Description - The Mount Thielsen Wilderness covers 55,100 acres and is located on the Umpqua, Winema, and Deschutes National Forests. Much of the wilderness consists of high alpine forests and open park-like dry meadows. An ancient volcanic ridge dominated by 9,182 foot Mount Thielsen, the "Lighting Rod of the Cascades", forms the backbone of this area.
- This wilderness features the 9,182 foot "Lighting Rod of the Cascades" Mount Thielsen. In addition, there are numerous trails, including a portion of the Pacific Crest National Scenic Trail #2000, lakes and creeks for visitors to enjoy. Miller Lake borders the east side of the wilderness and features the Digit Point Campground. Other features include Mule Peak, Miller Mountain, Clover Butte, Cappy Mountain, Howlock Mountain, and Timothy Meadows.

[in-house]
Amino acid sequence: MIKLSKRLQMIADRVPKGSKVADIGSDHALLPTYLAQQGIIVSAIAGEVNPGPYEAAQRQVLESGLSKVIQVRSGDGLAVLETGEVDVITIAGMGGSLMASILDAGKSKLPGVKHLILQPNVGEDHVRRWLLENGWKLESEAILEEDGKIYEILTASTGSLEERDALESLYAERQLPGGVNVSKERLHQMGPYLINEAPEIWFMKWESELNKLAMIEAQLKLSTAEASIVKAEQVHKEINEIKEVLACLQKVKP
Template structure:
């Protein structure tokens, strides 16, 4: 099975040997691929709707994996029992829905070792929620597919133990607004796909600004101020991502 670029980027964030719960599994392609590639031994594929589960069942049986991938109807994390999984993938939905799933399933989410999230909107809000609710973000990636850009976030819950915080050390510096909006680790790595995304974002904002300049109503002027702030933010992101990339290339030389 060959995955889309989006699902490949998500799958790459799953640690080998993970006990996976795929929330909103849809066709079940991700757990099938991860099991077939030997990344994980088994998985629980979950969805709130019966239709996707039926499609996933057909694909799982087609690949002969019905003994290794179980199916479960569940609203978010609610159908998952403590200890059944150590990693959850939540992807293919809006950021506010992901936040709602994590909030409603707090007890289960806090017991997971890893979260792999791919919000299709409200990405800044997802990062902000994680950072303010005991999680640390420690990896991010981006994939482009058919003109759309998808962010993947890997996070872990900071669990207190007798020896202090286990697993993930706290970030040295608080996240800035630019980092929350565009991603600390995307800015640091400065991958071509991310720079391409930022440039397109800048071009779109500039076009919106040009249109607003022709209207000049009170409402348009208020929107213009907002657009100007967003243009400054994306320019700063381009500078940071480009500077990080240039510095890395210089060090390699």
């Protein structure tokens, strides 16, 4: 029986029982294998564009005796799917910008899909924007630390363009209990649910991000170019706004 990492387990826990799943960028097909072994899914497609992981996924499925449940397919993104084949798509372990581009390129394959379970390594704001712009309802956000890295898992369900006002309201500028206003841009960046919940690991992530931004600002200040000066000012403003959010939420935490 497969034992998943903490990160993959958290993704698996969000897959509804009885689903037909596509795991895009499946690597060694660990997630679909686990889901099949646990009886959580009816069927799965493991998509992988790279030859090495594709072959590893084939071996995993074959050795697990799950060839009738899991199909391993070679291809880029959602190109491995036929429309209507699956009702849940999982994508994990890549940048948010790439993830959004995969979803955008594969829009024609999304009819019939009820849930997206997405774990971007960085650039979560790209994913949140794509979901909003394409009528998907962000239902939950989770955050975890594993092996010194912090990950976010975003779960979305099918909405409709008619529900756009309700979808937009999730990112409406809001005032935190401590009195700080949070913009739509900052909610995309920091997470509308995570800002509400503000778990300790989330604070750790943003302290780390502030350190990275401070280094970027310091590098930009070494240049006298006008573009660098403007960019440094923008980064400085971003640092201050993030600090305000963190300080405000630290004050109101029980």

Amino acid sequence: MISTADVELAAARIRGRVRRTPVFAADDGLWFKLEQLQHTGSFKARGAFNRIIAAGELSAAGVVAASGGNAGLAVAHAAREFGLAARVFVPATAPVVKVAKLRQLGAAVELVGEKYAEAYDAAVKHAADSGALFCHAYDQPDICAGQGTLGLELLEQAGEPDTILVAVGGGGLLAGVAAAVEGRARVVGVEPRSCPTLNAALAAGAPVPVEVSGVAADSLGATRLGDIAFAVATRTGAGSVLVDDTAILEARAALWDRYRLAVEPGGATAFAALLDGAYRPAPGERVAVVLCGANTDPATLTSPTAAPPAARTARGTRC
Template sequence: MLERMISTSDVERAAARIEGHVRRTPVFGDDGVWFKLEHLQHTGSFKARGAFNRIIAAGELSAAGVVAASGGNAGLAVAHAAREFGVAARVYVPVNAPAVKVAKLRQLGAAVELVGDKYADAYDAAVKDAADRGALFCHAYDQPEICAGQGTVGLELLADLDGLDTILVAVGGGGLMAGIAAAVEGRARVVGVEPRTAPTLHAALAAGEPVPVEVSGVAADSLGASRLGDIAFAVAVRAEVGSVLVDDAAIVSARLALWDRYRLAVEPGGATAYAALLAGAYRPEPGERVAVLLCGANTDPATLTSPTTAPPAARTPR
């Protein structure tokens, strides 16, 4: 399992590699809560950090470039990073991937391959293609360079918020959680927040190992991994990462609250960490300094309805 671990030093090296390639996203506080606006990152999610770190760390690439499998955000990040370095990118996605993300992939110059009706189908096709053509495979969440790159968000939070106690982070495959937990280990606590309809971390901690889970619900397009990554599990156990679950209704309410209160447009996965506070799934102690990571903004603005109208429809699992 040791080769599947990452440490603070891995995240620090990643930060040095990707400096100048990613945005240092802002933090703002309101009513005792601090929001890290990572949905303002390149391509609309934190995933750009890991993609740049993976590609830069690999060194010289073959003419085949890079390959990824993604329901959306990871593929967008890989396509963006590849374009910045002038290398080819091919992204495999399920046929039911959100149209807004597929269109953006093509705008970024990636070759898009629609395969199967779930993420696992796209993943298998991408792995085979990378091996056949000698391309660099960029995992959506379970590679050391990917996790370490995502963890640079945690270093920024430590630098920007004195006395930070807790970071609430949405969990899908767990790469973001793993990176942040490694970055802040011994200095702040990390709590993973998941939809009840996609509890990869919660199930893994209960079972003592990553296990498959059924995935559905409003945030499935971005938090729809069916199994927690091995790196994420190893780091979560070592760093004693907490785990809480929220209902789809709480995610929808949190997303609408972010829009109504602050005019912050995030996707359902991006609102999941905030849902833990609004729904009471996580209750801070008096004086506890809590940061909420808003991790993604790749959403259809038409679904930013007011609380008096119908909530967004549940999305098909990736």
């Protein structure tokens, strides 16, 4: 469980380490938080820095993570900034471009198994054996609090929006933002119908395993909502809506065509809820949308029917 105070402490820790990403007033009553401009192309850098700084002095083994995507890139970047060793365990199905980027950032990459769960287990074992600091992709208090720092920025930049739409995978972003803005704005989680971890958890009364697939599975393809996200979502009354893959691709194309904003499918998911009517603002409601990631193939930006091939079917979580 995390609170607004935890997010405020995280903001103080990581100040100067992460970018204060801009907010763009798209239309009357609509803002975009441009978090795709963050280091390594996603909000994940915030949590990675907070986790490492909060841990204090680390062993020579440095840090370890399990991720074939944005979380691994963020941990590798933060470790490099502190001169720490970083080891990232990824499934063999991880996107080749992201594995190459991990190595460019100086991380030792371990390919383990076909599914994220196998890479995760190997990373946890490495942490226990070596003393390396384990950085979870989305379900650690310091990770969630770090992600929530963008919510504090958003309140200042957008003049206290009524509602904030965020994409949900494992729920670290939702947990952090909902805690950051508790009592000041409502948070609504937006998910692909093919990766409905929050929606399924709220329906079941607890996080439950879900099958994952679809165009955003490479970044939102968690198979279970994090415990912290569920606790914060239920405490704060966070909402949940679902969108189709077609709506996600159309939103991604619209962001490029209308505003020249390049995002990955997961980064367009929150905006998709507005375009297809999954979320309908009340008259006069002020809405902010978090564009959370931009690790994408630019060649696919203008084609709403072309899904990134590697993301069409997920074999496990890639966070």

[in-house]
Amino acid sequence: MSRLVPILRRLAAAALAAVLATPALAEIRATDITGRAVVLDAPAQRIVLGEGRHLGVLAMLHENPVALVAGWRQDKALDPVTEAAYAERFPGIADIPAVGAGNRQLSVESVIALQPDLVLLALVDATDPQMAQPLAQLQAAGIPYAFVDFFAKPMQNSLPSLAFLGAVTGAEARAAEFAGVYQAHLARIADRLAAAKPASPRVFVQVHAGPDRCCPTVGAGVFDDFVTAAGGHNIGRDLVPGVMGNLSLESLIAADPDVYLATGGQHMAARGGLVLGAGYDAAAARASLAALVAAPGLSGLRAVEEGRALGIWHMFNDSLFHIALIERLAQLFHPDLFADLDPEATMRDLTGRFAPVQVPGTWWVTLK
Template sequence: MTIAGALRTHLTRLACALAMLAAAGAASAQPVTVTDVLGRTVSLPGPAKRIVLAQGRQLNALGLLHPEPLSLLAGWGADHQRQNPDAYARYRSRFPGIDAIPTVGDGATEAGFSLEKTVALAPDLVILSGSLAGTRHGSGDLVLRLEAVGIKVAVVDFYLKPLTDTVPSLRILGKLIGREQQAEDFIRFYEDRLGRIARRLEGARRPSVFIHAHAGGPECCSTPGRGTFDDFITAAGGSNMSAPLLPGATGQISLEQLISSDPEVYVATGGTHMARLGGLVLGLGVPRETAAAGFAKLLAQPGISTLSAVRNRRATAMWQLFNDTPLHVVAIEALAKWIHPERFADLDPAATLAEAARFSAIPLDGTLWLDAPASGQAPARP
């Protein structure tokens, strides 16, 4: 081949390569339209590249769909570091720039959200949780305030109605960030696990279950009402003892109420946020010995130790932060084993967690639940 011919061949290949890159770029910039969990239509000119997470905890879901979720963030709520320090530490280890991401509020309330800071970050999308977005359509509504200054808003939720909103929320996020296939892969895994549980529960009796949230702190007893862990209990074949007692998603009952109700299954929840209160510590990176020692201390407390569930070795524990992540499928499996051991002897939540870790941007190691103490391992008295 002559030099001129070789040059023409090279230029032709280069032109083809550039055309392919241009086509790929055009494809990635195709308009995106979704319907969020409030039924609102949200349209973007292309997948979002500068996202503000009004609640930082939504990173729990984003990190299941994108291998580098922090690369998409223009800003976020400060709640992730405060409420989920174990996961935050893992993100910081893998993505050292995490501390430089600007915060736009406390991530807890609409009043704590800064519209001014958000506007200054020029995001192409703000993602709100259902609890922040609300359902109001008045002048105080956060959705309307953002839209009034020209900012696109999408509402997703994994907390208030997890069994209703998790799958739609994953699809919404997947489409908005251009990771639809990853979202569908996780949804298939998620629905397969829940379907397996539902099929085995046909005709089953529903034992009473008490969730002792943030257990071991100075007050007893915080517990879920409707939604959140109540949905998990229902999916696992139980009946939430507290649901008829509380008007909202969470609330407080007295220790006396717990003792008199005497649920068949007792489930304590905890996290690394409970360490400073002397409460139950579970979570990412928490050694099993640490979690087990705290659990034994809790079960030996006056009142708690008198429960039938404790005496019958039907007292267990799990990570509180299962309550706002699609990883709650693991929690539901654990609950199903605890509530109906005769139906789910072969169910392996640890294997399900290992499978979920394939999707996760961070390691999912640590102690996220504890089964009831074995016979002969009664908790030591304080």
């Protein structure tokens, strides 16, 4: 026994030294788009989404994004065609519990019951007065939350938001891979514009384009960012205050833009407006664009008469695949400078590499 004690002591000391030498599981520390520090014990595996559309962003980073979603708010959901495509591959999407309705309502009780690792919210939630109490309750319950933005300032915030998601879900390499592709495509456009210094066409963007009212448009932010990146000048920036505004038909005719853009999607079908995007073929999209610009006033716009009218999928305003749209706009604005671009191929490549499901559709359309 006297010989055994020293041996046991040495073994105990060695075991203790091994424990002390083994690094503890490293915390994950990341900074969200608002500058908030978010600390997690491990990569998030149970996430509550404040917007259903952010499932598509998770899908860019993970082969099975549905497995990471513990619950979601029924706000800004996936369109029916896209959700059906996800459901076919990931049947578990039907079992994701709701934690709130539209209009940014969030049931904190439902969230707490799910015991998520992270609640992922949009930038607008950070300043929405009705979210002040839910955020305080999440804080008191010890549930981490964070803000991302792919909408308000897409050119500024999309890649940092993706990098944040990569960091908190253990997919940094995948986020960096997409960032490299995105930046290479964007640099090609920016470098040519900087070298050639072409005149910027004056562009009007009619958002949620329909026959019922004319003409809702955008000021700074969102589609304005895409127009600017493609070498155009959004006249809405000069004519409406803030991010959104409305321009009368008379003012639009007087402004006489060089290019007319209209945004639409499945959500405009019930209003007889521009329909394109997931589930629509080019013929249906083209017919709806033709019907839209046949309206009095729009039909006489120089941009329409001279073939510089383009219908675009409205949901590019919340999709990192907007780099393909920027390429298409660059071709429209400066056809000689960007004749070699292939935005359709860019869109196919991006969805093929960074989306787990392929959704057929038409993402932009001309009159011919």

Recreation - Activities include hiking, horseback riding, camping, fishing and backpacking.
Climate - Climate on the Umpqua changes with elevation. The area receives a high amount of precipitation. Much of the precipitation comes from October to April in the form of rain at the low elevations and as wet heavy snow in the higher elevations. Although snow is possible in the lowest elevations, it is infrequent. Much of the Umpqua National Forest is at the 3000-4000 foot elevation and averages about 60 inches of rain per year. Late spring, summer and early autumn tend to bring clear, sunny days with moderate temperatures.
The Mount Thielsen Wilderness is located in the eastern portion of the Umpqua National Forest and northwestern corner of the Winema National Forest in the Chemult Ranger District. From the Umpqua, it may be accessed from Roads 4793-100 and 9772. From the Winema it can be accessed via Forest Road 9772.